Conference fun (NKFUST)

Last week I attended a conference in Gaoxiong. While the topic ("Transcending Borders: Innovations in Language Learning and Use" - a little bit too "Web2.0"ish for my taste) was not that exciting, it was still "fun" - from a certain point of view.

First of all, while most presentations revolved around the use of technology (mostly in the form of computers) in language teaching, most of the presenters encountered technical difficulties using a computer to present their findings. Irony, anyone?

It was fun to see the use of PHP and MySQL (pronounced as "my S Q L" during the presentation) declared to be the "optimal choice" for a machine translation web interface. That's like saying the 8051 is the ultimate choice for all controller needs. Let's say it was the only thing the guy who wrote the code could come up with...

The same interface still lacks user authentication and permission control. I would have suggested to become familiar with the API of a popular CMS and then make the code into a module for that CMS, but at that time I think nobody would have understood what I was talking about. I'll better try to contact the poor guy who has to write the code directly... (Though he would not like my suggestion, as it means work for him...)

Captain Obvious was also attending. He found out that "students prefer the use of technology in language teaching" over the pure use of textbooks. Surprise, surprise, who would have thought that?

I had asked whether the "technology" in that study would also include cassette tapes, since (depending on the point of view) that is a technology that has been around for about 70 years now. Yes, tapes were included in that "technology". Unfortunately I forgot to ask how students like the tapes (and CDs these days) attached to textbooks. Now that would have been interesting... (Or not, from my experience, as Captain Obvious already knows the answer...)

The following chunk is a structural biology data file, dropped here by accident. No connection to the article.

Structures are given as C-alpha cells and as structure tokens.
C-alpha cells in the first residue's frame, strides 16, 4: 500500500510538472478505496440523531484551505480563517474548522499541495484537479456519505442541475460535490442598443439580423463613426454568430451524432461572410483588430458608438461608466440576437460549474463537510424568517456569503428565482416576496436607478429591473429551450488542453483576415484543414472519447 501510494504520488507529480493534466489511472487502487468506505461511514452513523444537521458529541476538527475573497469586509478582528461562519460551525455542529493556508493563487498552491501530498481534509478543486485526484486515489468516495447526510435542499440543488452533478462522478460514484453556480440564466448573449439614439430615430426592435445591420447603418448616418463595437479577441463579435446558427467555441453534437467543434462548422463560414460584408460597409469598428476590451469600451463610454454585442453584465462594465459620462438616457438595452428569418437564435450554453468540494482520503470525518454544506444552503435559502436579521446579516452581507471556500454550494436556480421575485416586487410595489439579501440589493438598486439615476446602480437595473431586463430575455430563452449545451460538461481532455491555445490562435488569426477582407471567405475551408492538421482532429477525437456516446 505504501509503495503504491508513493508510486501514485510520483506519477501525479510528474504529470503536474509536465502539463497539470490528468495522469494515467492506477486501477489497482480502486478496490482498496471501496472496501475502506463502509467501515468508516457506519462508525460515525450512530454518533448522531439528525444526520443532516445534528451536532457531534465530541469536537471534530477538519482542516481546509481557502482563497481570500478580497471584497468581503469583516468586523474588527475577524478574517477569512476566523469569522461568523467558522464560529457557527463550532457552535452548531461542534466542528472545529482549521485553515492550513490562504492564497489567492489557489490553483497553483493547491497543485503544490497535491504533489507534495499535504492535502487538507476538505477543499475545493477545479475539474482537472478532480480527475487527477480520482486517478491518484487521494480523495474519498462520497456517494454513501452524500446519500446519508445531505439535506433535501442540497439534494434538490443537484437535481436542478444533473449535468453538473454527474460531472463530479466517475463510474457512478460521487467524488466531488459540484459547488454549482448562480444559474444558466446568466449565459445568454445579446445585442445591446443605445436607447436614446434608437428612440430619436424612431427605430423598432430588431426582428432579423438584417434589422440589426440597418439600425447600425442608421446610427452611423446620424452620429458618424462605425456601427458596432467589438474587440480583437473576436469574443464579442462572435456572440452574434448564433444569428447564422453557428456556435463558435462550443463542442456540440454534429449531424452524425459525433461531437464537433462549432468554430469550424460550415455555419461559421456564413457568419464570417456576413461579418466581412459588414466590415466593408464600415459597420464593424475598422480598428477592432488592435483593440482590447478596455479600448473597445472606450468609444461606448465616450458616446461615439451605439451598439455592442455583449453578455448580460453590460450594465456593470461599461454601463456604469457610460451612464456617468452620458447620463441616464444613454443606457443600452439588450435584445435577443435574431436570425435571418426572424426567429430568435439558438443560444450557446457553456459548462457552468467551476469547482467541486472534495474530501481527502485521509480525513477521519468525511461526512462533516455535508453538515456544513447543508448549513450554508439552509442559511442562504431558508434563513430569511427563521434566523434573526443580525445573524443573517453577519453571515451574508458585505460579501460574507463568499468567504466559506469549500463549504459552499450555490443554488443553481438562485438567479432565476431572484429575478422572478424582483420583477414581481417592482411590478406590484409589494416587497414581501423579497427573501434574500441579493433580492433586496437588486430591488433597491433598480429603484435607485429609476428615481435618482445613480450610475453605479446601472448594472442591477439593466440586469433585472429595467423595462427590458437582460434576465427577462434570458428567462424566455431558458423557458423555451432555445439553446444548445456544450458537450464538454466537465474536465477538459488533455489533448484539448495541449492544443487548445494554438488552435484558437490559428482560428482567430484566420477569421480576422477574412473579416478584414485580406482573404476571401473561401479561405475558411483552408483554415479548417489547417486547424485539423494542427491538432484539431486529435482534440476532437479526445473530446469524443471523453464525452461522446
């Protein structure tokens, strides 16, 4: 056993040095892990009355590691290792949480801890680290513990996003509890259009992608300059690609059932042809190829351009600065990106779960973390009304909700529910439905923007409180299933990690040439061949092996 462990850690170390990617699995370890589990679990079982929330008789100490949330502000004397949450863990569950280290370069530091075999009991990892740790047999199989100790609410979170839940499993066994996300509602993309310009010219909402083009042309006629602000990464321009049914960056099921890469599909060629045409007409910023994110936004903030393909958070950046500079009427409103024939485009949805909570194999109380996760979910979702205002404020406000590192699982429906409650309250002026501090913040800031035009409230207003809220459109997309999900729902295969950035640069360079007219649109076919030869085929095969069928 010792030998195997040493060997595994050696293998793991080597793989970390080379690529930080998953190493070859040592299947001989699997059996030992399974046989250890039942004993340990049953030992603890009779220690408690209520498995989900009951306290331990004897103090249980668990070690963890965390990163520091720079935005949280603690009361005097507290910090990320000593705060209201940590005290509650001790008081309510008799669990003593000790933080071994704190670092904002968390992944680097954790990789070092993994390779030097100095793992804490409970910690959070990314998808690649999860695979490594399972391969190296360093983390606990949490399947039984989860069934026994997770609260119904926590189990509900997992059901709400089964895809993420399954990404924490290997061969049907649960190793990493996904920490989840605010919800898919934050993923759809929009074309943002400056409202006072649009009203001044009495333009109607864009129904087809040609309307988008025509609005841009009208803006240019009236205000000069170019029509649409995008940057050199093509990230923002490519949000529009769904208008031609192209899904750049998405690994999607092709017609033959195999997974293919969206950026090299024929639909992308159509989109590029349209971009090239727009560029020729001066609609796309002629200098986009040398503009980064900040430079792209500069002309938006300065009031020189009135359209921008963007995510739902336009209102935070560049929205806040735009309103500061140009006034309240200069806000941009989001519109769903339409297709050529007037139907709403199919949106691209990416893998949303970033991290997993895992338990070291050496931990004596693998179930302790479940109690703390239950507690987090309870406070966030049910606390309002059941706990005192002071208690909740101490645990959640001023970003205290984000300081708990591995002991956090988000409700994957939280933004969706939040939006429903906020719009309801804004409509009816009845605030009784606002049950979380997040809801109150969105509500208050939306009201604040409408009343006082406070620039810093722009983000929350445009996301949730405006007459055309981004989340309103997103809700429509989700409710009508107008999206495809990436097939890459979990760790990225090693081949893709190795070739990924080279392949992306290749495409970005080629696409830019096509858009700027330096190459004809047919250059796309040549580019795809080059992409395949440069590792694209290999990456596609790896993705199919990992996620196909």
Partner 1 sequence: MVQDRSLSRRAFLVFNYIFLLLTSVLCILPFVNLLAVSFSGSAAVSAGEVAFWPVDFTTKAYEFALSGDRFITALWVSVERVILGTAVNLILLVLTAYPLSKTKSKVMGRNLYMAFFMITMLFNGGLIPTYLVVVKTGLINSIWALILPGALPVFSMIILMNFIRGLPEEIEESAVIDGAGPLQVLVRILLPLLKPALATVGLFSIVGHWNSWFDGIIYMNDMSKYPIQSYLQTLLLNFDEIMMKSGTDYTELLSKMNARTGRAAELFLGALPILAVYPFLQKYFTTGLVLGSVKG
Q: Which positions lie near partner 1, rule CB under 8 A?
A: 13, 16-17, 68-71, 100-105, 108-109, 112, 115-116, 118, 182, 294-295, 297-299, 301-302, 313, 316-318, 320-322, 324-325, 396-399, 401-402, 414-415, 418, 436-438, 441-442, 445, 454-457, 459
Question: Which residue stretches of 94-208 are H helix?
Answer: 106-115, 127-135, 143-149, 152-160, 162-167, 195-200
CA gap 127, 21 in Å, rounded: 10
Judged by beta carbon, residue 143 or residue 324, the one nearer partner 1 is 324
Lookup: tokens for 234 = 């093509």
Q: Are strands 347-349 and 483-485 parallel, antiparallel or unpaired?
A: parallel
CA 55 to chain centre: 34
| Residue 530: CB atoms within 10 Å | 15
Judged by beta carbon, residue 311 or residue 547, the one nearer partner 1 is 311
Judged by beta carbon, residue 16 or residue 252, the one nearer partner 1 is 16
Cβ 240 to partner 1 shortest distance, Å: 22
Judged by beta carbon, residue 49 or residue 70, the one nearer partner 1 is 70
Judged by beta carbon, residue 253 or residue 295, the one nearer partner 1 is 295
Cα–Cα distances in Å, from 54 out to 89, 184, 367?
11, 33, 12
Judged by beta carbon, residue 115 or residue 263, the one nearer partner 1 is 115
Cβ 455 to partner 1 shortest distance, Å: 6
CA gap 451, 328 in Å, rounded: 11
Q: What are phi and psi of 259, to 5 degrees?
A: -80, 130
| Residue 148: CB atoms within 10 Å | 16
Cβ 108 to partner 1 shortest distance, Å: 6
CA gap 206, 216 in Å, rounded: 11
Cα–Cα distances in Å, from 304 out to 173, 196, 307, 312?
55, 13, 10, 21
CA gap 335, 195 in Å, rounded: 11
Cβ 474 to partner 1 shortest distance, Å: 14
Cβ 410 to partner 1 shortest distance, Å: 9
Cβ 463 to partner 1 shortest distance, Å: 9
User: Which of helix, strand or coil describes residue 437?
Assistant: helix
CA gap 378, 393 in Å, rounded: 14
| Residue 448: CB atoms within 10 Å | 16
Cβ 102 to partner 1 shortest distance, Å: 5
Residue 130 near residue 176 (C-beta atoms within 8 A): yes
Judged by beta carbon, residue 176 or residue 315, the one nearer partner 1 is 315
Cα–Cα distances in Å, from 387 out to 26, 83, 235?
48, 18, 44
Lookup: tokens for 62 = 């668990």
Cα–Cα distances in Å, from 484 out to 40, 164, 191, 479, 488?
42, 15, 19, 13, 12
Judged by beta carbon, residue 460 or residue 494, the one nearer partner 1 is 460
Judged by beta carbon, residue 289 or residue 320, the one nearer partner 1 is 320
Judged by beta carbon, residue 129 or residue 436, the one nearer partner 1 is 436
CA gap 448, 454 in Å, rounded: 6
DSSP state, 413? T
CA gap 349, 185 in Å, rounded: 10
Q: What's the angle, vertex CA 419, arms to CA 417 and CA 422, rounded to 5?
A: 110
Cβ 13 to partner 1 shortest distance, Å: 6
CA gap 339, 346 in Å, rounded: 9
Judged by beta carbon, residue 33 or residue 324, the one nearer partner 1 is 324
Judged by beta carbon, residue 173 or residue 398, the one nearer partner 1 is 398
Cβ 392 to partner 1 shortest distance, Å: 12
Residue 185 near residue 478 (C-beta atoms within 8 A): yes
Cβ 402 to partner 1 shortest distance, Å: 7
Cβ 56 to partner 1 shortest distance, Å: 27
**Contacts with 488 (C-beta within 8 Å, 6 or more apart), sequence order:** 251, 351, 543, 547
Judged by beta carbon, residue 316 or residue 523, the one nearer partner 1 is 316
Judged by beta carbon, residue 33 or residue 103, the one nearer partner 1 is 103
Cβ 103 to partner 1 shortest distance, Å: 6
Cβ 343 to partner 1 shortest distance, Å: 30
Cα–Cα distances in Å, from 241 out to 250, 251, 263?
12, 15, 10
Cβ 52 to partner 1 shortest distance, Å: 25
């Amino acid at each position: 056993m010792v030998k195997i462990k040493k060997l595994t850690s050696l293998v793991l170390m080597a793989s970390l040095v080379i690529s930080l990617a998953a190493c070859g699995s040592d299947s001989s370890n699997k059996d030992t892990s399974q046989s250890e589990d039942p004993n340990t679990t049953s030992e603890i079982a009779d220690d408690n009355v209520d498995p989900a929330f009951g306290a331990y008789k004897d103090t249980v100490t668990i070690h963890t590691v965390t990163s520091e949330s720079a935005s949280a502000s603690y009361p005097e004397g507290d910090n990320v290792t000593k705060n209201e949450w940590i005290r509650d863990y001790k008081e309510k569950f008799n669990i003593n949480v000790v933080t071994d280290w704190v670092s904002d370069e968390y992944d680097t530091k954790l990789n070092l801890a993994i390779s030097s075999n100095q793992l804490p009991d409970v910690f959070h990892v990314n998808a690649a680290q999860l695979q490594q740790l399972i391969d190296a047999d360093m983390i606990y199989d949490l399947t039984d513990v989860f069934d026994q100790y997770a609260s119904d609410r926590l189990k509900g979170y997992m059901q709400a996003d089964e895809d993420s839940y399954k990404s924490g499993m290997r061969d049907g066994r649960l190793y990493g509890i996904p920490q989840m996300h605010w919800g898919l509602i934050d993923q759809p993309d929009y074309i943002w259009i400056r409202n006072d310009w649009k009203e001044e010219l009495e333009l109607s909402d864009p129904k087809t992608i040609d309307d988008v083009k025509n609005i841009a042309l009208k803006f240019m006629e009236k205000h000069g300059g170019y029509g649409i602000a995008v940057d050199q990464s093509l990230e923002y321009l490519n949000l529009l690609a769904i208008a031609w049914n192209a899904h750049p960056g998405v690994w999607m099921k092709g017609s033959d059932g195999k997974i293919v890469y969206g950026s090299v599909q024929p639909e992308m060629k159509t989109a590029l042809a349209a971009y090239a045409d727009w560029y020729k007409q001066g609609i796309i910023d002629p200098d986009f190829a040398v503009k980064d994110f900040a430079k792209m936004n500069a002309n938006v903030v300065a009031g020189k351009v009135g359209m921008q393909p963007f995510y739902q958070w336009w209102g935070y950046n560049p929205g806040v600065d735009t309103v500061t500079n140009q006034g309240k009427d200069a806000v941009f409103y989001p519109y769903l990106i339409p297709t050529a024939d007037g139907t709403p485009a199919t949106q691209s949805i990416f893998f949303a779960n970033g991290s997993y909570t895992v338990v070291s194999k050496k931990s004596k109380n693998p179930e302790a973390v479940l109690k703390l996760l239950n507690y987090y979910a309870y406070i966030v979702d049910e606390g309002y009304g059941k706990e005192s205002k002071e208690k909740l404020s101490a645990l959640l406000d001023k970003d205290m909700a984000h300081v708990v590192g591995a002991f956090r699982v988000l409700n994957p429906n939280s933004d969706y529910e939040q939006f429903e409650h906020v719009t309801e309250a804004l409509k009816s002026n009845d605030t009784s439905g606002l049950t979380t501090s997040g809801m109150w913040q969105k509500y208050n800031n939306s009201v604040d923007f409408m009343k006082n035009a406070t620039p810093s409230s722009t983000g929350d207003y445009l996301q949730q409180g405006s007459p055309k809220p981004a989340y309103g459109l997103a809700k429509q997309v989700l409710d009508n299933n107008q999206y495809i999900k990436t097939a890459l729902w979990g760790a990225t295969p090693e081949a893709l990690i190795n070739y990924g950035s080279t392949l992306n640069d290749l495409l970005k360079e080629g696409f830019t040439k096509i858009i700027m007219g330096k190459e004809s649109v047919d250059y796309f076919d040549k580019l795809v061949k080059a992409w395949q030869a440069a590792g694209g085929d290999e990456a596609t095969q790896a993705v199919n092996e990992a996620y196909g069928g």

A few publishing houses presented some of their offers outside. I looked through a few books on "simultaneous interpretation". Quite interesting to see people claiming that there is only one way to properly translate a given example sentence and at the same time calling the own profession "interpretation". The title in Chinese was not much better: 同步翻譯...

There was also a book with the title 專業翻譯. However, contrary to most courses with that title, this book deserved it, as it dealt with many aspects of working as a translator. The publishing company is Bookman (書林).

But the real "fun" came later, in the afternoon. As an interpreter, I am naturally concerned about communication (in whatever ways, as you may have noticed), mutual understanding - and misunderstanding, of course. Although there were some "funny" moments spread over the day, this was not one of those "cheap" conferences only held for a few people to be able to say they presented their research on a conference.

People discussed things at that conference that I will probably never hear even mentioned at other (cough, cough...) schools. But even those supposedly highly qualified experts found it absolutely normal that one can not write Chinese without a "special" keyboard, meaning that people moving to the US have to write in English to their friends in Taiwan.

In another presentation regarding the use of both Chinese and English ("code switching") on a BBS in Taiwan it was not even considered that some of the "English" written there could actually be romanised Chinese. (I admit this is not something I would expect to see on a BBS in Taiwan, but nevertheless it should be correctly identified if it shows up.)

In my opinion this is a pretty sad state, but even for those language experts romanisation is not an issue, it seems not to exist at all. Zhuyin is a phonetic system to write Chinese as is Hanyu Pinyin or even Tongyong, just with a different script. But while people here are quite familiar with Zhuyin, nobody regards a word written in Latin script anything else than "English". And this is sad indeed, as it shows a serious misconception regarding writing systems and even language in general.

Well, I'm looking forward to the next conference at another school, this one a little bit more related to my official field of expertise. Though... IIRC, they too spoke of "interpretation" - and they are asking for "English names", something NKFUST (Thanks!) did not do...